Instagram Update: The Removal of Likes

Instagram update: the removal of likes

Blog | 03 min read

Written By: Chelsea Brown

The evolution of Instagram

It started off as a camera app with a variety of filters to choose from…Mayfair, Sierra, X-Pro II, Willow. Not a social media app, but a camera app for personal use.

Instagram officially launched in October 2010 as an app for users to take pictures. This app was different from any other camera app as it came with 7 photo filters to choose from. At this stage in the game, likes or comments were not even a consideration. It was about snapping a square photo (on a 1080 x 1080 canvas), and the option to enhance the image with a filter.

A couple years later, Facebook, known as a social networking site to connect with friends and family, bought Instagram for $1 billion. This is when Instagram started to progress into more than just a camera app, but an app for users to engage with other accounts.

In 2013, sponsored posts feature became available. This allowed businesses to make money off Instagram by advertising and promoting their offerings on this social platform. While businesses benefited from promoting their brands, Instagram also benefited as this brought in revenue for them.

Instagram continued to release yearly updates including in-app features like Boomerang, Instagram Stories, and Live Stream Video. As we can see, Instagram had evolved from a photo-taking app to an app where users socialize and businesses make money, in just over 9 years.

Gone are the days of likes

Humans most basic needs have not changed much since cavemen. It’s true. Although we appear to have changed through evolution in terms of our appearance, our basic needs as humans have stayed the same. That is, we prioritize social connections, and the feeling of belonging to something or someone.

In the age of technology, and quick, and easy access to information and people, we are constantly connected. We turn to social platforms, and our phones to connect with other humans for this feeling of ‘belonging’. Instagram is a perfect example of how our brains have shifted in terms of how we perceive the notion of ‘belonging’. Research shows that ‘likes’ on social platforms such as Instagram provide a boost of dopamine, but only in the short-term. We constantly look for validation and belonging by the quantity of likes we get on our posts.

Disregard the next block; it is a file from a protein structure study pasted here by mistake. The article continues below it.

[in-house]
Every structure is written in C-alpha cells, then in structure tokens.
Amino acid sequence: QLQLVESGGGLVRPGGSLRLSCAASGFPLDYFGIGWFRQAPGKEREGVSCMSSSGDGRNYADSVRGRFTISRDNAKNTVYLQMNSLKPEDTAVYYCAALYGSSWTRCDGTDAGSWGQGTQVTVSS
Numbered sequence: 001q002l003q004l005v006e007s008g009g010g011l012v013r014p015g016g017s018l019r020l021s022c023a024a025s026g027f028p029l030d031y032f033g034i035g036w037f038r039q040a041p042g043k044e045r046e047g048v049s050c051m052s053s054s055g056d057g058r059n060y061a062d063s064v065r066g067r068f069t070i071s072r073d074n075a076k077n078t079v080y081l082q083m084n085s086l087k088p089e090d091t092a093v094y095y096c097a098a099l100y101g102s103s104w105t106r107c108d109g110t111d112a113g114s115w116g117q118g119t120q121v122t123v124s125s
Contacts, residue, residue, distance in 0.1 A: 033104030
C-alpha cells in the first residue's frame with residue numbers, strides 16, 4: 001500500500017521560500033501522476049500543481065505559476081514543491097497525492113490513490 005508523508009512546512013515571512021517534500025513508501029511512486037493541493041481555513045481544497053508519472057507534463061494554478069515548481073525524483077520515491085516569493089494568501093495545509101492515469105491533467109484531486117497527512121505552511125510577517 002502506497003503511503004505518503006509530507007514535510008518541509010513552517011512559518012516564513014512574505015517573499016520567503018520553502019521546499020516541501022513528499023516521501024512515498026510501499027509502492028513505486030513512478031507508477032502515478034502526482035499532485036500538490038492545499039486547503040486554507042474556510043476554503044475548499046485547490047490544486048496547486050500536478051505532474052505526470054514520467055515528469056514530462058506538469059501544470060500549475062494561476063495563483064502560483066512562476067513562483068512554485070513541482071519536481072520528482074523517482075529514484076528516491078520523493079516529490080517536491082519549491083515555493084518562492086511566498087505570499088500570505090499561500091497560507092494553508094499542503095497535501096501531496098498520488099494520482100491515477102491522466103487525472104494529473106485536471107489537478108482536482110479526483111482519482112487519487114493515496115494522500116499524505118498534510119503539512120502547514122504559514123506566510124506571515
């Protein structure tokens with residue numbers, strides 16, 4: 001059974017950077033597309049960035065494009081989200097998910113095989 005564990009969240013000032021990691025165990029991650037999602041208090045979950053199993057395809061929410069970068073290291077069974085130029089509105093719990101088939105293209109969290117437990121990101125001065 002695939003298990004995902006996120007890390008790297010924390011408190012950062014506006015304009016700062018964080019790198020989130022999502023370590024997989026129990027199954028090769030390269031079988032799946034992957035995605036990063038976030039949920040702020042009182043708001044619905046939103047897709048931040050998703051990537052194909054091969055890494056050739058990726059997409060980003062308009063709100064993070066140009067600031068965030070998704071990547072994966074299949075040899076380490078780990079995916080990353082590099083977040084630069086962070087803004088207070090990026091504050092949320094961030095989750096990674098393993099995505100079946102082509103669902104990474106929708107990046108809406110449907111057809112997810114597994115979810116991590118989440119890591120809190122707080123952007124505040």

Earlier this year, Instagram removed the number of likes visible on posts, so only the user could see their likes number. Instagram did this to remove the pressure put on people to validate another person’s post. Instead, Instagram wanted to encourage users on Instagram to engage with posts authentically, rather than engaging based on numbers.

Instagram now wants to take it a step further and remove likes altogether. Likes will no longer be visible on news feed, and only the user can see their likes. Therefore, you can like posts, but you cannot see who has liked these posts.

This makes us question the existence of social media platforms. Are they to make us feel validated and have a sense of belonging, or do they provide us with a social community where we share similar interests in the content that we post? Either way, we are all humans and share the same basic needs.

So… what’s next for the future of social media? Will we erase it completely in search for something better or more meaningful or will we continue to look for validation in our virtual realities? I guess we will have to wait and see.